Professional wrestling is familiar to me. When we lived in Maddox Cove, Newfoundland in the mid to late 1950s, we owned a television and had one television station. However, some people without a television gathered at our house to watch the wrestling matches and everyone really enjoyed them. I remember a wrestler called "Whipper" Billy Watson and the bravado, the cheers from the people around the ring, the drama. Every night wrestling was on I saw a few bouts then slept through the noise of the cheers and groans from the group.
In the late 1980s, while on a work-related trip to Québec with fellow teachers, a friend and I sat next to a professional wrestler headed into St. John's for a tournament. My friend recognized him as the persona Junk Hard Dog or JYD, and he was willing to talk.
He started out playing football in university, completed a degree, then went into wrestling. This man took the name Junkyard Dog because it was the nickname others gave him when he worked in a wrecking yard.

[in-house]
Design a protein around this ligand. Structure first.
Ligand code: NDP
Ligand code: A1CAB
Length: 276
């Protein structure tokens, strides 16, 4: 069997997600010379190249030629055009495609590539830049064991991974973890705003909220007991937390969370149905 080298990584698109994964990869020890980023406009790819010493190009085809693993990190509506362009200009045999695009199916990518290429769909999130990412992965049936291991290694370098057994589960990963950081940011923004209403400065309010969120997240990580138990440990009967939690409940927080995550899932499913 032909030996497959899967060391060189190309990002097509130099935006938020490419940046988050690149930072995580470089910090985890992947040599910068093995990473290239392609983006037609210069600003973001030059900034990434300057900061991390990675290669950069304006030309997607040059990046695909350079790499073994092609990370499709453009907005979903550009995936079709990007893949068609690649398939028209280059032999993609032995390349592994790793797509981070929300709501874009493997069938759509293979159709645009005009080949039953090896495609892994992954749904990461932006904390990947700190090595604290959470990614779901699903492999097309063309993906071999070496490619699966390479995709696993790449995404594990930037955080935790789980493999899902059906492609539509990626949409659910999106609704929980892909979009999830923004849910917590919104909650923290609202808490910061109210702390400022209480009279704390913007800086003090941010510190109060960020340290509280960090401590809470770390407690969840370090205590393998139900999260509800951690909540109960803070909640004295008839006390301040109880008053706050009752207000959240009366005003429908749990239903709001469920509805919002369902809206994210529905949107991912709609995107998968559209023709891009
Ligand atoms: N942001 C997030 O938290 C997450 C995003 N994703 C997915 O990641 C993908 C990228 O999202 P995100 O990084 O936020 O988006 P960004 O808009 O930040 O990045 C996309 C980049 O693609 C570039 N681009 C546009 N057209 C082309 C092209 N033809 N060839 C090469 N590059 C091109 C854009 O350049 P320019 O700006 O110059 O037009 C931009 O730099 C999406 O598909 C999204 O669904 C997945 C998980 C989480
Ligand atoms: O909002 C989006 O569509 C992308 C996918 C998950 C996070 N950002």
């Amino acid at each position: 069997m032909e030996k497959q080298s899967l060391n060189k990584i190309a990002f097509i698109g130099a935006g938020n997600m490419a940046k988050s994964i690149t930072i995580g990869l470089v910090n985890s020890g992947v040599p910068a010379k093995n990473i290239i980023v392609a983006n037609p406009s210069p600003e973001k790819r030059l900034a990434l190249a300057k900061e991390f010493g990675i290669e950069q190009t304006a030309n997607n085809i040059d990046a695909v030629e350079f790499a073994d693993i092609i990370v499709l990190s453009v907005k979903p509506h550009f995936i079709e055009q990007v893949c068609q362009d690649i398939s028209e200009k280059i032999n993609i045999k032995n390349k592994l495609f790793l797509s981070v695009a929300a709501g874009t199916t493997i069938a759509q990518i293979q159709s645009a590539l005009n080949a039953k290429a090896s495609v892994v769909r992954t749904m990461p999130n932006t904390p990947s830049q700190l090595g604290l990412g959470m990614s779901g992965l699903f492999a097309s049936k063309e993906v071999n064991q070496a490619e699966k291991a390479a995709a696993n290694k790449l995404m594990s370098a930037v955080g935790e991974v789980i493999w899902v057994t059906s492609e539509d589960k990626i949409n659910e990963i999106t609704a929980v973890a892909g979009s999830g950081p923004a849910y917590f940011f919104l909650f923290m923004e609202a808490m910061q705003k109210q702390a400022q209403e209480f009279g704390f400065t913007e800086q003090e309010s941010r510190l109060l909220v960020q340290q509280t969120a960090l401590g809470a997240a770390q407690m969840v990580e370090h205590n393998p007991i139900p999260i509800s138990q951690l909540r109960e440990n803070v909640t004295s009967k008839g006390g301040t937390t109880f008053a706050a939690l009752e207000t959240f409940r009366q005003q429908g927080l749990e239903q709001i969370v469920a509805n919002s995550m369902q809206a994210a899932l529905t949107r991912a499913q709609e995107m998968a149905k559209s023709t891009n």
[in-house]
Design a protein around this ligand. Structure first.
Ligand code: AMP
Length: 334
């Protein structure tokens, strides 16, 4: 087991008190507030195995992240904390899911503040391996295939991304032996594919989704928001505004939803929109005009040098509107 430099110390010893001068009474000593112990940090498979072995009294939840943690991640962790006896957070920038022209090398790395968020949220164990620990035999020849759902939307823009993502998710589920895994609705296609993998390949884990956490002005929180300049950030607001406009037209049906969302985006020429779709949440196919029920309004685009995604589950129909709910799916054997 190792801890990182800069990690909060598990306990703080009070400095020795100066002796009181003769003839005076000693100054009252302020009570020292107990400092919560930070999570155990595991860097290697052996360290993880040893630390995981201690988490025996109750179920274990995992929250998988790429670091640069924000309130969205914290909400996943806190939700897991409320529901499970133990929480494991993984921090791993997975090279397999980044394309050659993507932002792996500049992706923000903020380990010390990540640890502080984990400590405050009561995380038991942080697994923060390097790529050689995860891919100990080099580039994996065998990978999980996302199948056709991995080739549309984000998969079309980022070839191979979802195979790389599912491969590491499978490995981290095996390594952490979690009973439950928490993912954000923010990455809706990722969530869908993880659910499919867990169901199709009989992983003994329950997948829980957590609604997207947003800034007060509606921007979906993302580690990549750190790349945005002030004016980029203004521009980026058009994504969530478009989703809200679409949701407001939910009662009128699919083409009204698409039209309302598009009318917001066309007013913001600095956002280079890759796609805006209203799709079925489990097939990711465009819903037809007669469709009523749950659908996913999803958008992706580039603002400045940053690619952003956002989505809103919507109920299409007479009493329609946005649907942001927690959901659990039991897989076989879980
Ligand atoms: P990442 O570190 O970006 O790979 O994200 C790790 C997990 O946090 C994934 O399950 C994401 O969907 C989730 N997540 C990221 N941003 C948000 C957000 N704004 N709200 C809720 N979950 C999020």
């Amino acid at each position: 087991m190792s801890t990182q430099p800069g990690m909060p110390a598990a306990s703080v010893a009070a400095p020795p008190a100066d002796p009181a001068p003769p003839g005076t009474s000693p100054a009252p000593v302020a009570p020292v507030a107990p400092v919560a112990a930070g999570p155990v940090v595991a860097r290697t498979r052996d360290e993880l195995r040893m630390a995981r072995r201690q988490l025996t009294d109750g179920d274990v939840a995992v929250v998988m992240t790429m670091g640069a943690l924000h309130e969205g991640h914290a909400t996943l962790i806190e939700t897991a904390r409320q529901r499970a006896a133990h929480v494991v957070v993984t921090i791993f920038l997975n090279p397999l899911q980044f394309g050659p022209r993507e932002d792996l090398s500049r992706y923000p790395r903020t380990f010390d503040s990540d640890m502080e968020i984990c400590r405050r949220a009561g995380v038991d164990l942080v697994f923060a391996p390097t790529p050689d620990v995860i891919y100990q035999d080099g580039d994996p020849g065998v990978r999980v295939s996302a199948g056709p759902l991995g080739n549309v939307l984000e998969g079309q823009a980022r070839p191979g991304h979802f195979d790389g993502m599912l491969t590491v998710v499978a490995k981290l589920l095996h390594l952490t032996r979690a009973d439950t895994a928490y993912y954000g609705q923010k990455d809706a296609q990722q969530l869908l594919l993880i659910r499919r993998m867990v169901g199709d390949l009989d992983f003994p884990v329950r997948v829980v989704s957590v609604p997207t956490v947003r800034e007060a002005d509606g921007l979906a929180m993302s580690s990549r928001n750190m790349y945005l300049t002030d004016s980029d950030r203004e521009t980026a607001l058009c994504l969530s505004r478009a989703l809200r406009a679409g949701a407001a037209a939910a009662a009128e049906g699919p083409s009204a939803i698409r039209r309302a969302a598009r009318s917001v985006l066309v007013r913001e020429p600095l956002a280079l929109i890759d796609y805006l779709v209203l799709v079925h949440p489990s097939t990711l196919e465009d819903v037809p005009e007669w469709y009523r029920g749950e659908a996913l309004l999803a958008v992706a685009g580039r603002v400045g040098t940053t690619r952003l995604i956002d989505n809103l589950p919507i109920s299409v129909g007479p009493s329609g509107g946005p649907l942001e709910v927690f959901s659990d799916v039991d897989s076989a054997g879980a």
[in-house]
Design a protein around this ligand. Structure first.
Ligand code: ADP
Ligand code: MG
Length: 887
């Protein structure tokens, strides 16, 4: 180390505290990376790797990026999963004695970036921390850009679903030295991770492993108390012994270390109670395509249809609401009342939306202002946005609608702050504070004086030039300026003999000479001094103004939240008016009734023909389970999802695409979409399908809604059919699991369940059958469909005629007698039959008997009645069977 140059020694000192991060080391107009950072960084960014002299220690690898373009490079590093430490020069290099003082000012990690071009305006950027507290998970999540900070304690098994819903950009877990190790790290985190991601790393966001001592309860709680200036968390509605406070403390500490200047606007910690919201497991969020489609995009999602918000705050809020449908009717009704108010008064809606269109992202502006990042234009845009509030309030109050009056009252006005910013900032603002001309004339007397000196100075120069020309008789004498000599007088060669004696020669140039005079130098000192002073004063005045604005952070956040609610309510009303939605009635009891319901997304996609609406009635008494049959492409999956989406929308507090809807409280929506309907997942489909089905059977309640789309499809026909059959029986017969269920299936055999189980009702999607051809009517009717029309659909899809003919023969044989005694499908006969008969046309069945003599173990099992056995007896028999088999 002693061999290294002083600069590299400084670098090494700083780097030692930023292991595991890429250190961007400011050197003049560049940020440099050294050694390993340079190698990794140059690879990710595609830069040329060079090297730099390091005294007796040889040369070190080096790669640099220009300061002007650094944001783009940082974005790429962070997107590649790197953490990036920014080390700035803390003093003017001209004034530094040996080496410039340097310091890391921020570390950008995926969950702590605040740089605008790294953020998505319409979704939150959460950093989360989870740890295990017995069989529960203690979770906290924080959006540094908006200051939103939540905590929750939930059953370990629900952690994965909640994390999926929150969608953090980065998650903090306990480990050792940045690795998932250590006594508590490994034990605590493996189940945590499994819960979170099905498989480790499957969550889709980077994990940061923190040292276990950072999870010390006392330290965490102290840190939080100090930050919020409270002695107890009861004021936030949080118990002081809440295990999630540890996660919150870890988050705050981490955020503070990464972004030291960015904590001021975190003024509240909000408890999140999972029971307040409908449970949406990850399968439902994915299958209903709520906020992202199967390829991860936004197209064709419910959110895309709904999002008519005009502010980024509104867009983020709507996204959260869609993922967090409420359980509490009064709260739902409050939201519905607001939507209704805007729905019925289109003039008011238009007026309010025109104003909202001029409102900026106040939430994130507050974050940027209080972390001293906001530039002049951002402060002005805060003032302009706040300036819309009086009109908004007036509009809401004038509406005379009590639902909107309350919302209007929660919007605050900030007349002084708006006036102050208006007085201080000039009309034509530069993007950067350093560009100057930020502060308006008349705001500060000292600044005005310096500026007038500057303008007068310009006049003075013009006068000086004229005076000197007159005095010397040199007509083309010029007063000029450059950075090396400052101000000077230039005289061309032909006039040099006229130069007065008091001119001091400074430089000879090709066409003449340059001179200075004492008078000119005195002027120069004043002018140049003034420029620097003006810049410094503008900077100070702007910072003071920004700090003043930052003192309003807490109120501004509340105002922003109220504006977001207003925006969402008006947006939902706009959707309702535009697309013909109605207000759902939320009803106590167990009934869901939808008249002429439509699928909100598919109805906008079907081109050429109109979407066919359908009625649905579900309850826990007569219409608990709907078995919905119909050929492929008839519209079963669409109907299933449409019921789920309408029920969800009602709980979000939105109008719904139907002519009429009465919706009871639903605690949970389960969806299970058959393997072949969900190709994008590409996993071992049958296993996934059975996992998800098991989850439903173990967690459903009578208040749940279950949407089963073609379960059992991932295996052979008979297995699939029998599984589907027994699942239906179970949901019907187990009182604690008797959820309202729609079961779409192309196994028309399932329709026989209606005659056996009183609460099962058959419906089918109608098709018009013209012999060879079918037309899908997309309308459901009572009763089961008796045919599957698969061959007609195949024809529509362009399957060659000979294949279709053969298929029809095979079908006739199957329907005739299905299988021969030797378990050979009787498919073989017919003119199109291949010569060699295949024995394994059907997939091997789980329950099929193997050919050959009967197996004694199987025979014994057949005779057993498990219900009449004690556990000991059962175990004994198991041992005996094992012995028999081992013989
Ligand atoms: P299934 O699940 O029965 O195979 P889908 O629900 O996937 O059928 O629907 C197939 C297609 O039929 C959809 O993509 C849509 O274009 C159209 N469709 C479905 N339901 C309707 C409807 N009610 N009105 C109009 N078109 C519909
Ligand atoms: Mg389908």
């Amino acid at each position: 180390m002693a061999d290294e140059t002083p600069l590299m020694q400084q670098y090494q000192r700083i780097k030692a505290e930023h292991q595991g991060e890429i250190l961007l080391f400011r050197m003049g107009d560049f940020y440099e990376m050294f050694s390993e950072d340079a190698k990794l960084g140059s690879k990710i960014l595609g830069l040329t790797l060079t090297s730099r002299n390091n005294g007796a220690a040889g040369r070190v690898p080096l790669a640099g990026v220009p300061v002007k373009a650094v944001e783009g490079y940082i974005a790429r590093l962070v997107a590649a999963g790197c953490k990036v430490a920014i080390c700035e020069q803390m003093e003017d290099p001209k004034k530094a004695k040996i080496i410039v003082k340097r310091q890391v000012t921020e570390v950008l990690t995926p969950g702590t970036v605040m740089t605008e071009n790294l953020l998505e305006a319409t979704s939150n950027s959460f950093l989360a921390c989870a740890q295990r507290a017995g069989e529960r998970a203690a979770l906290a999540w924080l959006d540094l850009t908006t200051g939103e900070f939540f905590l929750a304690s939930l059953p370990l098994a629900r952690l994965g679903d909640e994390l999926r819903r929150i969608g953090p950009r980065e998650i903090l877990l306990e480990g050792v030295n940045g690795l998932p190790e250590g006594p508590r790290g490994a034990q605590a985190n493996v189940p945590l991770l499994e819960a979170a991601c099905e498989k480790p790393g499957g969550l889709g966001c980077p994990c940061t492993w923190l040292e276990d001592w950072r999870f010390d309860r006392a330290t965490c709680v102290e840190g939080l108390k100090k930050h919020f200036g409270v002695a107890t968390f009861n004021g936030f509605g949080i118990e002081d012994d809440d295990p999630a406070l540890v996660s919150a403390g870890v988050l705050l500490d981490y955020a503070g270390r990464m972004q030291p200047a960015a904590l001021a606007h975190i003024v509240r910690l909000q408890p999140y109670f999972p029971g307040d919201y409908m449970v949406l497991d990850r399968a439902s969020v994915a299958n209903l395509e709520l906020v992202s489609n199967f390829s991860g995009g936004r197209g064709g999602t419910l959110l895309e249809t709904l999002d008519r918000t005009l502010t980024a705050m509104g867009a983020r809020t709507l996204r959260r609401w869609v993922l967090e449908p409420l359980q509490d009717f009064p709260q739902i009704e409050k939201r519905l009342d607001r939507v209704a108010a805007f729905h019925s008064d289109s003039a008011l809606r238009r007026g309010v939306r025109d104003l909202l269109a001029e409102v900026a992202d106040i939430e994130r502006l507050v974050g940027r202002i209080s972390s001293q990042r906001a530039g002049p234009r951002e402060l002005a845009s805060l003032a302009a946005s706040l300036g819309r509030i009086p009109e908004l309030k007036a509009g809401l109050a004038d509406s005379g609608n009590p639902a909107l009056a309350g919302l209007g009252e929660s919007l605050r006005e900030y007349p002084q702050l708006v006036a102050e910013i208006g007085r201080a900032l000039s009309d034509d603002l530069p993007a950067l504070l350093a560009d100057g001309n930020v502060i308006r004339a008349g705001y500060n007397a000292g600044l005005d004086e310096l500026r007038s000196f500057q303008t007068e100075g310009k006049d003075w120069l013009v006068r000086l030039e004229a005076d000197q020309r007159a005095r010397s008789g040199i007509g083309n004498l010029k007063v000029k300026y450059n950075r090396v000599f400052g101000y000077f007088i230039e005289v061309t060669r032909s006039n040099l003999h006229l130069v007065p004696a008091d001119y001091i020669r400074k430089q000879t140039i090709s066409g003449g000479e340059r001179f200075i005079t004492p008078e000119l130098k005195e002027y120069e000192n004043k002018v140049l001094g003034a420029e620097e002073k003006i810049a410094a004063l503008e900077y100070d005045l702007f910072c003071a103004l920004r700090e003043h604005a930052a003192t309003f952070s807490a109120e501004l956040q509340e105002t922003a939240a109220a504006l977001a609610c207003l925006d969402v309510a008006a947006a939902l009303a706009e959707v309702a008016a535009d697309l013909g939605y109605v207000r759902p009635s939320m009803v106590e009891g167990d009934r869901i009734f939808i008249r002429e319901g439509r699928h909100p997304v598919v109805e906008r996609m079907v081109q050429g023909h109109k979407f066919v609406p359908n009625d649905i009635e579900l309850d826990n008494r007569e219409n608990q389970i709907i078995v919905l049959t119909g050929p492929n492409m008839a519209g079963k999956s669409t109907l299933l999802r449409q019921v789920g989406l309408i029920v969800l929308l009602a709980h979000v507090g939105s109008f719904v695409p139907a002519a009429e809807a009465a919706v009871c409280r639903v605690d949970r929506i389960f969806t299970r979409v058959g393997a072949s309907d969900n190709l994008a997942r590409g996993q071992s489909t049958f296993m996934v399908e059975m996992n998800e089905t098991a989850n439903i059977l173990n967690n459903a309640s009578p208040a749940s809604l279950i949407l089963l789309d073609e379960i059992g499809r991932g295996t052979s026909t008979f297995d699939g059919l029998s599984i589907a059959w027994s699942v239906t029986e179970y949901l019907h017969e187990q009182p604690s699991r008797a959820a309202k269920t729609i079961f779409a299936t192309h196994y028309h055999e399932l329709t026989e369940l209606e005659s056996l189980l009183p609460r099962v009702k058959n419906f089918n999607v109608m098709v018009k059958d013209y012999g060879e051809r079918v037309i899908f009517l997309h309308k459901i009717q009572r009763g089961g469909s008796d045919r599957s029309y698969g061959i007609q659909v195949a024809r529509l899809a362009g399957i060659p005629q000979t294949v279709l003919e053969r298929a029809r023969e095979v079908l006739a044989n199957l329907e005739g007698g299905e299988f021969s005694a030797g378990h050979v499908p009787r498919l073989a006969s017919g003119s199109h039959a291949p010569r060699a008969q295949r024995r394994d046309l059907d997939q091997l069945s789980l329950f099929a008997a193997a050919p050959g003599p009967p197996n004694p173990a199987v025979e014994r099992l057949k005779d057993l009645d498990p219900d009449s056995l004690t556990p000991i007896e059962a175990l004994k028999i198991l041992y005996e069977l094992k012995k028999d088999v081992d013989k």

JYD was a big man, solid and strong, well spoken and intelligent. He spoke of his family and the businesses he was investing in so as to have an income when his wrestling career was over.
We asked about the authenticity of wrestling and whether the wrestlers actually were hurt in the ring. JYD talked about the injuries he received but did not say anything about the authenticity of the sport. The injuries said enough.
Later I learned of this man, Sylvester Ritter's place in wrestling history. He was the first black man to reach the top of his promotion and won many awards and accolades. Sadly he died tragically in a single car accident in 1998.
The man I met was a gentleman, friendly and interesting. I was sad to learn of his death, a man who gave a real face to a wrestling persona.